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Month: November 2019

Why Being Thankful Is So Good For Your Health

Why Being Thankful Is So Good For Your Health

As a physician, I have helped to care for many patients and families whose lives have been turned upside down by serious illnesses and injuries. In the throes of such catastrophes, it can be difficult to find cause for anything but lament. Yet Thanksgiving presents us with an opportunity to develop one of the healthiest, most life-affirming and convivial of all habits — that of counting and rejoicing in our blessings. Gratitude’s benefits Research shows that grateful people tend to…

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5 Food Pairings For Maximum Nutritional Benefits

5 Food Pairings For Maximum Nutritional Benefits

Food combining can do more than soothe a fussy tummy. Pairing certain nutrient profiles has the potential to add up to improved absorption—and better health (while some pairings can worsen digestion). Follow these formulas for maximum nutritional benefits at every meal. 1. HUMMUS + RED PEPPER = BOOST FOR LOW IRON “The majority of dietary iron comes from nonheme, or plant, sources, but unfortunately, it’s not usually well absorbed,” says Peggy Kotsopoulos, a New York City–based holistic nutritionist. However, vitamin…

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Doctors Now Prescribing Music Therapy

Doctors Now Prescribing Music Therapy

Doctors Now Prescribing Music Therapy for Heart Ailments, Brain Dysfunction, Learning Disabilities, Depression, PTSD, Alzheimers, Childhood Development and More Music has proven time and again to be an important component of human culture. From its ceremonial origin to modern medical usage for personal motivation, concentration, and shifting mood, music is a powerful balm for the human soul. Though traditional “music therapy” encompasses a specific set of practices, the broader use of music as a therapeutic tool can be seen nowadays…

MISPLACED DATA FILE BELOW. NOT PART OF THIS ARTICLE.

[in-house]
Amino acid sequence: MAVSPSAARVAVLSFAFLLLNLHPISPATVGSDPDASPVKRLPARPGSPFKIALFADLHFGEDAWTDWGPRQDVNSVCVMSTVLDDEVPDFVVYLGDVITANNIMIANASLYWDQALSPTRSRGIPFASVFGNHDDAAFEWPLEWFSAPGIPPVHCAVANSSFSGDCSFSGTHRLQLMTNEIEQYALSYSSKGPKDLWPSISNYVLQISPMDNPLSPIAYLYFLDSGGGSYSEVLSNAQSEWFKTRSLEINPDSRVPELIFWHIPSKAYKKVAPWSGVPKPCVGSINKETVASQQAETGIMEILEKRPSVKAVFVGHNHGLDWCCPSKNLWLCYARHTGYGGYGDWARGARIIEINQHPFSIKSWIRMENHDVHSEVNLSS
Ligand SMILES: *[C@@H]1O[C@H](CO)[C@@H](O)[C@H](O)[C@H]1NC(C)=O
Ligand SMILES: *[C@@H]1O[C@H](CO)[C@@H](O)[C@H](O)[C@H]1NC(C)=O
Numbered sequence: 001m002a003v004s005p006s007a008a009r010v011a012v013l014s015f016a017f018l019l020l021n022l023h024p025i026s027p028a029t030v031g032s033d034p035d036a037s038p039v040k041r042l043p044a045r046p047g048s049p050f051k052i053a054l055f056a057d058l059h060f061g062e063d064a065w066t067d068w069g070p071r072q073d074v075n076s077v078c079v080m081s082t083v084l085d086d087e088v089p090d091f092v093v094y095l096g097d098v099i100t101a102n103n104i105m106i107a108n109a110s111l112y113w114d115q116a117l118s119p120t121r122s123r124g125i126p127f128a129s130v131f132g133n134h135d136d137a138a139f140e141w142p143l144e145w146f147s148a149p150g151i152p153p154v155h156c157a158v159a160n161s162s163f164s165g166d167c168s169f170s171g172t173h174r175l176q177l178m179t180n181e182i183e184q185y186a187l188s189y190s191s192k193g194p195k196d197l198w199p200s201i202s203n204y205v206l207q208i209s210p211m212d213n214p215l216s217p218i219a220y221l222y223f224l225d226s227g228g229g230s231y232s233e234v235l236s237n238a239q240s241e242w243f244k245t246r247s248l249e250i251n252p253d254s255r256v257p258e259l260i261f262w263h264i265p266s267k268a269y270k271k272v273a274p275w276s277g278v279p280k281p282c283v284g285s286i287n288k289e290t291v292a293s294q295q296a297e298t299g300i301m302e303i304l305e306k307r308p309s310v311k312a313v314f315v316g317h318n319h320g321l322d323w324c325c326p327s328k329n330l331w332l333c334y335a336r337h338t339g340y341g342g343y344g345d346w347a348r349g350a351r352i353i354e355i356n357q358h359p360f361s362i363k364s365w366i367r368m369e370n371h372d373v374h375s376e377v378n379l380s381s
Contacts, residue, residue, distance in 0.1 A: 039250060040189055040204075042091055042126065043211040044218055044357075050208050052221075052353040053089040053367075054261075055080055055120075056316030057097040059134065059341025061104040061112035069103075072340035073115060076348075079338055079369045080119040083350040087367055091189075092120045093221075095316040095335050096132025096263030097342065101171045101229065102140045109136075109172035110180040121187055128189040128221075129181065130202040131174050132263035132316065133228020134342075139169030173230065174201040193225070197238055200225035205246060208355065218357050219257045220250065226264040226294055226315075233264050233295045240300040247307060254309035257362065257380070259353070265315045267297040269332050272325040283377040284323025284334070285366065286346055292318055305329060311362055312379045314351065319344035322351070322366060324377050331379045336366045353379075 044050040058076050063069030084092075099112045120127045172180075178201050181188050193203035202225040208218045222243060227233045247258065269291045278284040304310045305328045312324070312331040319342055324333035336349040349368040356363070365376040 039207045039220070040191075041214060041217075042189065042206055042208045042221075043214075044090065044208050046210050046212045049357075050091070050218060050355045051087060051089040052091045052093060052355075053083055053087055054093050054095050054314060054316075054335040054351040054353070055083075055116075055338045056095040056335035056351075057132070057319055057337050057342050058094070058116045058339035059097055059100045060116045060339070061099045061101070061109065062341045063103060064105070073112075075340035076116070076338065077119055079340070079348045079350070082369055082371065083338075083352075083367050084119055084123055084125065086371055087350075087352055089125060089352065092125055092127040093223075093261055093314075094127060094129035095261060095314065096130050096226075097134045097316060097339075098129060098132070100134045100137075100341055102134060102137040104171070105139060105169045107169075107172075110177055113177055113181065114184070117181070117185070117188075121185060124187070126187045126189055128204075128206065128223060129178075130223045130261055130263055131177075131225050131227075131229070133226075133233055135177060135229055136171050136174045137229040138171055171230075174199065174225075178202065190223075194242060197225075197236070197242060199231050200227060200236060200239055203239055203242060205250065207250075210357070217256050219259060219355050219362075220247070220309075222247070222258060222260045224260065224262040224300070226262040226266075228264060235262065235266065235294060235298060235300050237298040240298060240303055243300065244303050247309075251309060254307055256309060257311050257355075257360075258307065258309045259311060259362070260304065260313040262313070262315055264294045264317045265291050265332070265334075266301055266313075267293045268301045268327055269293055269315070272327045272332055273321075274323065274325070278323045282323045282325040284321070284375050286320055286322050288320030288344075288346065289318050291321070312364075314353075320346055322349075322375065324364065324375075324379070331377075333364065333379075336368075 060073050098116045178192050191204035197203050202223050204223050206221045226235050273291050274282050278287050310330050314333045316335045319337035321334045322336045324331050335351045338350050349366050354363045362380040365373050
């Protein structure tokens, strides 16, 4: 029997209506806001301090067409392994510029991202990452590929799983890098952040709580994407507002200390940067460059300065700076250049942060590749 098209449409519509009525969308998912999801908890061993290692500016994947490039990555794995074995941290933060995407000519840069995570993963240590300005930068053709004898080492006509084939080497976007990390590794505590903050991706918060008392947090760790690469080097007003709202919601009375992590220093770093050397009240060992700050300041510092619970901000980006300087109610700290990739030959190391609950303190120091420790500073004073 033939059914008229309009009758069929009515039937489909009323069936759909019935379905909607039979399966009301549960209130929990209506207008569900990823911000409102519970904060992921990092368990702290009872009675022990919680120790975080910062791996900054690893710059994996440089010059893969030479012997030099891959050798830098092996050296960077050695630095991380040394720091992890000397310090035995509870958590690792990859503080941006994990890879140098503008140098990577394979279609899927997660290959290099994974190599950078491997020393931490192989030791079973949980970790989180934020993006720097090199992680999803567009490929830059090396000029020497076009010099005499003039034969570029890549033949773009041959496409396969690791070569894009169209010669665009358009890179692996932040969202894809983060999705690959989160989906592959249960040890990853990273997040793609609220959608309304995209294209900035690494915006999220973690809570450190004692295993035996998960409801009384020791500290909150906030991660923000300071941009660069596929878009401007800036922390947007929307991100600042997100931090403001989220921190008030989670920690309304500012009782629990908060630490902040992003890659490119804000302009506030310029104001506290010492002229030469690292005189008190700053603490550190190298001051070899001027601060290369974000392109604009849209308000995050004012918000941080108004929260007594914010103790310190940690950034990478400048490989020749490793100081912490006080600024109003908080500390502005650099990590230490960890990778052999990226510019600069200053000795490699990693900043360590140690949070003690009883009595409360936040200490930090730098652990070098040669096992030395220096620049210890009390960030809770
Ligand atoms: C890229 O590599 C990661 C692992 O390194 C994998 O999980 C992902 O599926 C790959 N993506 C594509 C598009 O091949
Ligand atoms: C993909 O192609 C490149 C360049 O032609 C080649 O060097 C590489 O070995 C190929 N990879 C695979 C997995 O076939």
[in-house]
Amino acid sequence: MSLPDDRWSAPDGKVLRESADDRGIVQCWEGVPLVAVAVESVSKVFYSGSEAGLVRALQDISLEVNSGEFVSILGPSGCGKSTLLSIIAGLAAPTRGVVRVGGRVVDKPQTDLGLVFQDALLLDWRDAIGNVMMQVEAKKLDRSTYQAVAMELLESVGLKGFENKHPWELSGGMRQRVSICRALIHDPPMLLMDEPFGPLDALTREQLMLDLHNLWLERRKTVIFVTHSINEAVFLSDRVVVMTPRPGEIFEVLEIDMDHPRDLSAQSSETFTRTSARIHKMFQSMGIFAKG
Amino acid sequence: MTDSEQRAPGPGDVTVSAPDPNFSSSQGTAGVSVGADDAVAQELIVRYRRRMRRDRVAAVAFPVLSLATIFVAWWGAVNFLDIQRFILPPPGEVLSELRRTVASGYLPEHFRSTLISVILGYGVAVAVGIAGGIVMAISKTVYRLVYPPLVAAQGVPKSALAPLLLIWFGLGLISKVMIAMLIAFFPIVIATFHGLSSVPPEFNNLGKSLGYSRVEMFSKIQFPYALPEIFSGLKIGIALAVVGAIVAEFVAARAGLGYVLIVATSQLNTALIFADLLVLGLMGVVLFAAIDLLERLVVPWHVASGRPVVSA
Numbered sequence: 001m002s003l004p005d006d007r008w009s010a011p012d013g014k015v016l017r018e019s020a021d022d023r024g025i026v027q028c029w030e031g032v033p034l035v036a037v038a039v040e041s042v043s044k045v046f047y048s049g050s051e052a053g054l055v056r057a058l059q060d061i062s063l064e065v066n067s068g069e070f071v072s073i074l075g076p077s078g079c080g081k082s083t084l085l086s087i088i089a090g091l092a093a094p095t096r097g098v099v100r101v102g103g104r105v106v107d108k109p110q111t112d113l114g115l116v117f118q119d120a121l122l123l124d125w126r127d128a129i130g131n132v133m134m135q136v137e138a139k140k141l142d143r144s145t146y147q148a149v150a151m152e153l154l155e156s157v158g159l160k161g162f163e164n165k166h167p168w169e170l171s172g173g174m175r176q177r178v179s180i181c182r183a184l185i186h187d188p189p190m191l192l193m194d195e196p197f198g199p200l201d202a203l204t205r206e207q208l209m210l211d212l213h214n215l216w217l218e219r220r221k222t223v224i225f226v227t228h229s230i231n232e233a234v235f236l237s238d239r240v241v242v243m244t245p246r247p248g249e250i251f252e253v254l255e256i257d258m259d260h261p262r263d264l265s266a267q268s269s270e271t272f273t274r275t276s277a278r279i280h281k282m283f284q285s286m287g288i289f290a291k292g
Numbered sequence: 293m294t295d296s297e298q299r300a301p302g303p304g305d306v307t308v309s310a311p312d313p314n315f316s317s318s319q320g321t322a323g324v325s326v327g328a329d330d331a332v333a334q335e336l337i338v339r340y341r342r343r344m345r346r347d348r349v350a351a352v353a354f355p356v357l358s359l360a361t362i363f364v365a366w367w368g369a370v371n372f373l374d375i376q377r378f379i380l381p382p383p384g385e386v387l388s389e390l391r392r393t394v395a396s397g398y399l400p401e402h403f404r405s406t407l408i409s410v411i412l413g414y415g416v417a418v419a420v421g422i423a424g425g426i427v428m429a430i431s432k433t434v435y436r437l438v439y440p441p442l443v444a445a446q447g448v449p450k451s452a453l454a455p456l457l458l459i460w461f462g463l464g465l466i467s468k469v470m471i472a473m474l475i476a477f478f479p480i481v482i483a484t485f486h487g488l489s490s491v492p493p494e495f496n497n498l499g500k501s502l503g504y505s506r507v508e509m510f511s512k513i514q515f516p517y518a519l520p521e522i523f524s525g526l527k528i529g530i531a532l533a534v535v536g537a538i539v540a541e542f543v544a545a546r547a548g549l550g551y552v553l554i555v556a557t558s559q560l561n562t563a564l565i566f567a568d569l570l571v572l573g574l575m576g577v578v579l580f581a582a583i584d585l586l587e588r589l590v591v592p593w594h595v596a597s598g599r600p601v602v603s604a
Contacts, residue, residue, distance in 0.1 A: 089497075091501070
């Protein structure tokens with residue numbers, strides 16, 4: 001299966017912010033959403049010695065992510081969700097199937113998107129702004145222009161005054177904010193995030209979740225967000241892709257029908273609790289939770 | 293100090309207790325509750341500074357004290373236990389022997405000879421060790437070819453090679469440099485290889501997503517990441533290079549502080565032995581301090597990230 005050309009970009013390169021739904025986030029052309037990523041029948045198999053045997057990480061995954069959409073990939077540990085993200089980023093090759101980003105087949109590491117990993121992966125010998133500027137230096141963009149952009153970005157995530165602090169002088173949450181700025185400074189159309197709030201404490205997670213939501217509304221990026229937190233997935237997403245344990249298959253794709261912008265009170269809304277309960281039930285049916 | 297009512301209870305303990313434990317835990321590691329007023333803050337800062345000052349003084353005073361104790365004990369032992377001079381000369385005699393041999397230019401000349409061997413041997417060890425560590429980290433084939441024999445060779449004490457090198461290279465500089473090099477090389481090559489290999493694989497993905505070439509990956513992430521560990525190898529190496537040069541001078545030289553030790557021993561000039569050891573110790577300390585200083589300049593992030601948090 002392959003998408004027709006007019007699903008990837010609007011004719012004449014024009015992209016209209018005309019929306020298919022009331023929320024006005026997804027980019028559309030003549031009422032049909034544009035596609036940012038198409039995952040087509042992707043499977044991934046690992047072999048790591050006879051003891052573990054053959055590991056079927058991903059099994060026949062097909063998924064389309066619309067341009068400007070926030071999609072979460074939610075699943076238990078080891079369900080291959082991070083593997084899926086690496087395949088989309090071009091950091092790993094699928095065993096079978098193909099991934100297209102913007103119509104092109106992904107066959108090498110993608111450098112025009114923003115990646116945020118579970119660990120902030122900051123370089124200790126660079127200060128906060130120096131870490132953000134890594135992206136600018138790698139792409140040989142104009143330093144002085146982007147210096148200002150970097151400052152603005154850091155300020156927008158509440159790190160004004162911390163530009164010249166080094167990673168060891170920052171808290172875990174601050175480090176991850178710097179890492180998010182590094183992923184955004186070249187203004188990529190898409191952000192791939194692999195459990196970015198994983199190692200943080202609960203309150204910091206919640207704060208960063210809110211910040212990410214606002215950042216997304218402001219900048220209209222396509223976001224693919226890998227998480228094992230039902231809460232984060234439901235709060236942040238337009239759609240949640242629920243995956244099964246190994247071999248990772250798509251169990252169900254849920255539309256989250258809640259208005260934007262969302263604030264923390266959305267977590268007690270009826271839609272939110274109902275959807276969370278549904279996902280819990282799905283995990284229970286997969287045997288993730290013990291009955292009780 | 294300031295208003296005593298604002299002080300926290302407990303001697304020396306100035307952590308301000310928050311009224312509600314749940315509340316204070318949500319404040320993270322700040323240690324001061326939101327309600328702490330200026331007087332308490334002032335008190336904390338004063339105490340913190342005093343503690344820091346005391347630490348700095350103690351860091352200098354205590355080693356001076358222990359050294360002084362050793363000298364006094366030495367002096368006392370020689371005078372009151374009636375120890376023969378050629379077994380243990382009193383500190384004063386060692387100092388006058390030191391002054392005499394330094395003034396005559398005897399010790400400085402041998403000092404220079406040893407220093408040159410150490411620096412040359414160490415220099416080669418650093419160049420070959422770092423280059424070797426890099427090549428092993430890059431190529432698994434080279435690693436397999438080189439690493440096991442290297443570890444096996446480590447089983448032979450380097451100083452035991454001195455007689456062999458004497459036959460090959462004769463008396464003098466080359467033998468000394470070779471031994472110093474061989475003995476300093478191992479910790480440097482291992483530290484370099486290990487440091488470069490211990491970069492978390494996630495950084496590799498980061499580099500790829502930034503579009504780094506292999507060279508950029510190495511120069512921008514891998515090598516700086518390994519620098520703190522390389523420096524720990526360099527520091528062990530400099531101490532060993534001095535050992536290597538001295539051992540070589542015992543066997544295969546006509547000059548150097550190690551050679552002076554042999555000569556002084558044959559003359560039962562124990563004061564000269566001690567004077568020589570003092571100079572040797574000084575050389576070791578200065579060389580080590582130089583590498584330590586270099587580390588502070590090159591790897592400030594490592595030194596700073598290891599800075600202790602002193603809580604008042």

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Exercise May Help Ward Off Depression

Exercise May Help Ward Off Depression

Even If You’re Genetically Prone to It An extra 35 minutes of exercise per day was tied to a reduced likelihood of experiencing depression. Getting a few hours of exercise a week may reduce the risk of depression, even in people who are genetically prone to the condition, a new study suggests. The authors found that, although certain genes boost a person’s risk of depression, increased levels of exercise essentially canceled out this genetic risk. Overall, for every 4 hours…

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